Anna Maxwell Martin (Regan) and Simon Russell Beale (King Lear). Photo: Mark Douet
Reviewed by James Karas
When you hear that Sam Mendes is directing King Lear at the National Theatre with Simon Russell Beale in the lead, you are well advised to check for flights to London. If you make it, you will see Shakespeare done on a grand scale with some definitive performances for the modern theatre.
Mendes sees Lear as a modern dictator. In the opening scene when Lear demands to hear extravagant expressions of love and devotion from his daughters, there is a large contingent of soldiers in black berets and uniforms in a semi-circle on the large Olivier stage. The division of the kingdom is a public event and Lear explodes into a violent rage, knocking tables over, when he is not satisfied with Cordelia’s answers. We will see soldiers a number of times. Dictators and civil wars need them.
Russell Beale, stocky, stooped, with short-cropped white hair, struts around the stage seething with violence like a beast that wants and gets nothing but obedience. He has a booming voice and is the epitome of dictatorial brutality. He is quickly disabused of his power after giving his kingdom to his daughters. When he curses Goneril and accuses her of filial ingratitude, she stands her ground and slaps him roundly across the face. The game has changed and the king is on his way to humiliation and degradation.
Russell Beale gives an outstanding performance as the pathetic and abused king. His strut becomes a shuffle and in his madness, he rails against the wind and bludgeons the Fool to death. His recovery and realization are extraordinarily moving and his entire performance is one of the finest Lears one is likely to see.
Stephen Boxer’s Duke of Gloucester is a decent man in a smart suit who is as unperceptive as Lear where his children are concerned. The self-assured Duke is humiliated and is subjected to a modern torture technique. He is hooded and alcohol is poured over his face. His eyes are then gouged out using a corkscrew. Boxer gives a wrenching performance during that scene and his trip to Dover where he wants to commit suicide.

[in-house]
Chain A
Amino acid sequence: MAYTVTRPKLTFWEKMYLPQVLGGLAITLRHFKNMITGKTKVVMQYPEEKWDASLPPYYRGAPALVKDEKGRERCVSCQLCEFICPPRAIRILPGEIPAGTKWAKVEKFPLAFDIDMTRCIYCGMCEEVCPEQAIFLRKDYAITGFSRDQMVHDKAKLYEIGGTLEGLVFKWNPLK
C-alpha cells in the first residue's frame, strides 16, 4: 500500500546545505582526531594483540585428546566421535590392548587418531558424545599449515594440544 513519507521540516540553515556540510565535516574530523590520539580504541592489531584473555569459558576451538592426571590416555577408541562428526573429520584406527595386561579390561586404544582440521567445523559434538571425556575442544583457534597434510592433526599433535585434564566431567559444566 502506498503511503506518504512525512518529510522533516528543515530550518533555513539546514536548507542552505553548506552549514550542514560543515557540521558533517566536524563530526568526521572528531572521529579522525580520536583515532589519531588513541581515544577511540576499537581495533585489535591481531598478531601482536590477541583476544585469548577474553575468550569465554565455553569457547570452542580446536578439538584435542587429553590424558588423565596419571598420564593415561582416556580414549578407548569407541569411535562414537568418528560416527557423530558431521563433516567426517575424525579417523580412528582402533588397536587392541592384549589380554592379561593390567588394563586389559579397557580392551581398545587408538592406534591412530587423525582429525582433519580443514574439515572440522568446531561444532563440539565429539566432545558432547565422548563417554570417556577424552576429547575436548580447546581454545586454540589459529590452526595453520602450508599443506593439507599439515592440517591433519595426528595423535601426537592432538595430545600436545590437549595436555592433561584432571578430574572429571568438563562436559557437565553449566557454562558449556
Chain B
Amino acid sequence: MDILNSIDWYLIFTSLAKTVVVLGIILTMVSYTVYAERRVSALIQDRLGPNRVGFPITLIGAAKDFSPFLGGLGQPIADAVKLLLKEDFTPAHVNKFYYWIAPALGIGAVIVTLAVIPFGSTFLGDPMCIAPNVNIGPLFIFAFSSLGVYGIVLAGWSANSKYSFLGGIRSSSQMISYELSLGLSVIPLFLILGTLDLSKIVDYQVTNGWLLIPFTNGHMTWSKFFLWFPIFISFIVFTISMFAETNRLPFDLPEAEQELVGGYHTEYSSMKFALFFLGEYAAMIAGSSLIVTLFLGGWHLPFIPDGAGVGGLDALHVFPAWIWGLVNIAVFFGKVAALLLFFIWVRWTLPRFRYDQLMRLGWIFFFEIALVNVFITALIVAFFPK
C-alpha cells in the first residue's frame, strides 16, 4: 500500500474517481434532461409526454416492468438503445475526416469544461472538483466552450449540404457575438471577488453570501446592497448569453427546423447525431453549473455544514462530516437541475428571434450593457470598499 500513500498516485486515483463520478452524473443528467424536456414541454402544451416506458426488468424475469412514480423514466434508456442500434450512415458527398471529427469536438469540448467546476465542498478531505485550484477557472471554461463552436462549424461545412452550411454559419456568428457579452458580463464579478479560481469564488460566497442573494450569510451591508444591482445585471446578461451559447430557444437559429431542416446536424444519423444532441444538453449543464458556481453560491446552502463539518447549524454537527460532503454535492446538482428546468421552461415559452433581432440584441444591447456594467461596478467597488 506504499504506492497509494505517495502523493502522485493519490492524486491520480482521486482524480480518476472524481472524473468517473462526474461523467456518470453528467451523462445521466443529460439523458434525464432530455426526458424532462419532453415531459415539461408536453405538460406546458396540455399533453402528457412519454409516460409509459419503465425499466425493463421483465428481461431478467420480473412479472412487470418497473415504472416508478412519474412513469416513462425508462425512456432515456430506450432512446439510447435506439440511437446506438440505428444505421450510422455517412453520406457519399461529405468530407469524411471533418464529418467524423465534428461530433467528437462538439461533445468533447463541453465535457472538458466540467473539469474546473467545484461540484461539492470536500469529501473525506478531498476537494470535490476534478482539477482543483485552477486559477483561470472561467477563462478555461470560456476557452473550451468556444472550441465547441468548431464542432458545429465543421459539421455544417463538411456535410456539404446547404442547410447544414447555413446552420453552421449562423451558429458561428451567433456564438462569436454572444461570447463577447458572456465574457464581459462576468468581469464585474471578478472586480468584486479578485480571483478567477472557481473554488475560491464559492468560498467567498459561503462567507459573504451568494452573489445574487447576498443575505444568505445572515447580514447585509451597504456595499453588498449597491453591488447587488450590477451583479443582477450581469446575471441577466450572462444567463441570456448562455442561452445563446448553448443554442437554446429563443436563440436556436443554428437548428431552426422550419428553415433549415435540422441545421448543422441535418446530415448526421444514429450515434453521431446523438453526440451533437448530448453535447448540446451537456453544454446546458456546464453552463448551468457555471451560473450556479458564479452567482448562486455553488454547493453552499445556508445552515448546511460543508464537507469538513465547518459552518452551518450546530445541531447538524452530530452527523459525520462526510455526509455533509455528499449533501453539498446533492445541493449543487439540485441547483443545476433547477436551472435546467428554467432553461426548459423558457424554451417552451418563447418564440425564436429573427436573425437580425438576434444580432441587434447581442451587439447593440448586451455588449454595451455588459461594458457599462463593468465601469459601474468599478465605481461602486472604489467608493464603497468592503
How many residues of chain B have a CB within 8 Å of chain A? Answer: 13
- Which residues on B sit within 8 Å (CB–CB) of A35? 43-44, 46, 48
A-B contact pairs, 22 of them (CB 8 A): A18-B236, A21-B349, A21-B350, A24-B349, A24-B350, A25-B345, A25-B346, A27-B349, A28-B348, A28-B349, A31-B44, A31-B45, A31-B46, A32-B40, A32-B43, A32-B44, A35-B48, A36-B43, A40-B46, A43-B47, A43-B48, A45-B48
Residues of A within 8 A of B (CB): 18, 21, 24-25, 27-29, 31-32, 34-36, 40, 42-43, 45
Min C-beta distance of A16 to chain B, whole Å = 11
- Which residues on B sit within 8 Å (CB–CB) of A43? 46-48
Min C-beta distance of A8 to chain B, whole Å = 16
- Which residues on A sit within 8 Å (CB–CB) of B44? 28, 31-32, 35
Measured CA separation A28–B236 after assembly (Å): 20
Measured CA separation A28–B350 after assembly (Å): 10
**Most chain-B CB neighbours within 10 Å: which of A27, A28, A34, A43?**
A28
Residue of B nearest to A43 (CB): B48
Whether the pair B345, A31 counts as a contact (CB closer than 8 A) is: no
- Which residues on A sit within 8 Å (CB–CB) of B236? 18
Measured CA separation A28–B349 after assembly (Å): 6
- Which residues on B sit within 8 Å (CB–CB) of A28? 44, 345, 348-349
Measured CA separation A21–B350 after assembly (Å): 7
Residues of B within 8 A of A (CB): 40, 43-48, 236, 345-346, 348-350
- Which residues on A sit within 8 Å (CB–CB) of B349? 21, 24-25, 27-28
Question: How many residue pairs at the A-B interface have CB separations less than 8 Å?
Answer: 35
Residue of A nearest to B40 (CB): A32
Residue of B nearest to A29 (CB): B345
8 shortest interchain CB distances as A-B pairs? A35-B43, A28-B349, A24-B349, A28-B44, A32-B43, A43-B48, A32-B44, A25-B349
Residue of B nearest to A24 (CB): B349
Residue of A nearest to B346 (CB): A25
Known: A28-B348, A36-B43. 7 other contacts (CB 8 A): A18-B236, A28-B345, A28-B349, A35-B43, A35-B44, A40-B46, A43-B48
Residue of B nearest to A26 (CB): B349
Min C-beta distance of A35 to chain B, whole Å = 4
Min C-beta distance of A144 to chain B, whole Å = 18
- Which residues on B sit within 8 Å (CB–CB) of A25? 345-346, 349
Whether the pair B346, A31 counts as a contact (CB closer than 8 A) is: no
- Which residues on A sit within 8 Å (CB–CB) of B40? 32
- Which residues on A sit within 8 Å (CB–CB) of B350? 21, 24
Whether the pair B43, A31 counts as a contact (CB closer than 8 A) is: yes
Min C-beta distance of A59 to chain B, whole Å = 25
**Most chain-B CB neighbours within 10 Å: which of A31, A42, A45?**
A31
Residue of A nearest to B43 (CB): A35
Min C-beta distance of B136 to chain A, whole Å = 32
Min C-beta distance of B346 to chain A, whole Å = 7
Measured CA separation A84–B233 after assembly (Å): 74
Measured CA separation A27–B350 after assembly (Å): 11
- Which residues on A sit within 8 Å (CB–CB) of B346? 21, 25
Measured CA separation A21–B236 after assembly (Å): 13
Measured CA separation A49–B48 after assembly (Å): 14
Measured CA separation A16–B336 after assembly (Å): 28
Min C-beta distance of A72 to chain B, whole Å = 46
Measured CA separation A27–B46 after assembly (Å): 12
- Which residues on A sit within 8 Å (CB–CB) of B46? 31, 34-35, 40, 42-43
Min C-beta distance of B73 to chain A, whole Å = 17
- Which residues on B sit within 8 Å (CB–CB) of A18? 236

Kate Fleetwood is a sharp-nosed Goneril who carries her deeply-rooted evil lightly and smartly and she quickly establishes dominance over her father with a quick slap. Anna Maxwell Martin as Regan is equally evil and she embraces the gouging of Gloucester’s eyes with relish. She is also coquettish and sexy which makes her even more frightful.
Aside from Lear’s and Gloucester’s Promethean suffering and display of emotional extremes, Mendes understates the evil in the heart of most characters. The treacherous and malevolent Edmund (Sam Troughton), Gloucester’s bastard son, is almost business-like in his despicable behavior.
The Fool (Adrian Scarborough) wears a distinctive hat but other that he is in a suit and his clowning is understated. In the opening scene, we see him seated downstage and away from the action. When Cordelia is thrown out, he embraces her. Lear will pay him back for that by killing him. A brilliant move by Mendes.
Stanley Townsend as the faithful Duke of Kent starts as a self-assured and vocal officer and then converts to a more sedate, undercover supporter of King Lear. Again, well-done characterization and detailed reading of the play by the director.
The overall effect of the production is that of a modern nation in a state of war. The stage is dark and threatening clouds are frequently visible. The murky sky is projected by video on the backstage and we hear thunderclaps and airplanes whirring by.
Mendes has done some judicious editing of the text that makes the play move more smoothly.
And if you can’t find a flight or get tickets to the production, all is not lost. King Lear will be shown in movie houses in Canada on May 1, 2014.
King Lear by William Shakespeare opened on January 23 and continues until May 28, 2014 at the Olivier Theatre in the National Theatre, South Bank, London, England. http://www.nationaltheatre.org.uk/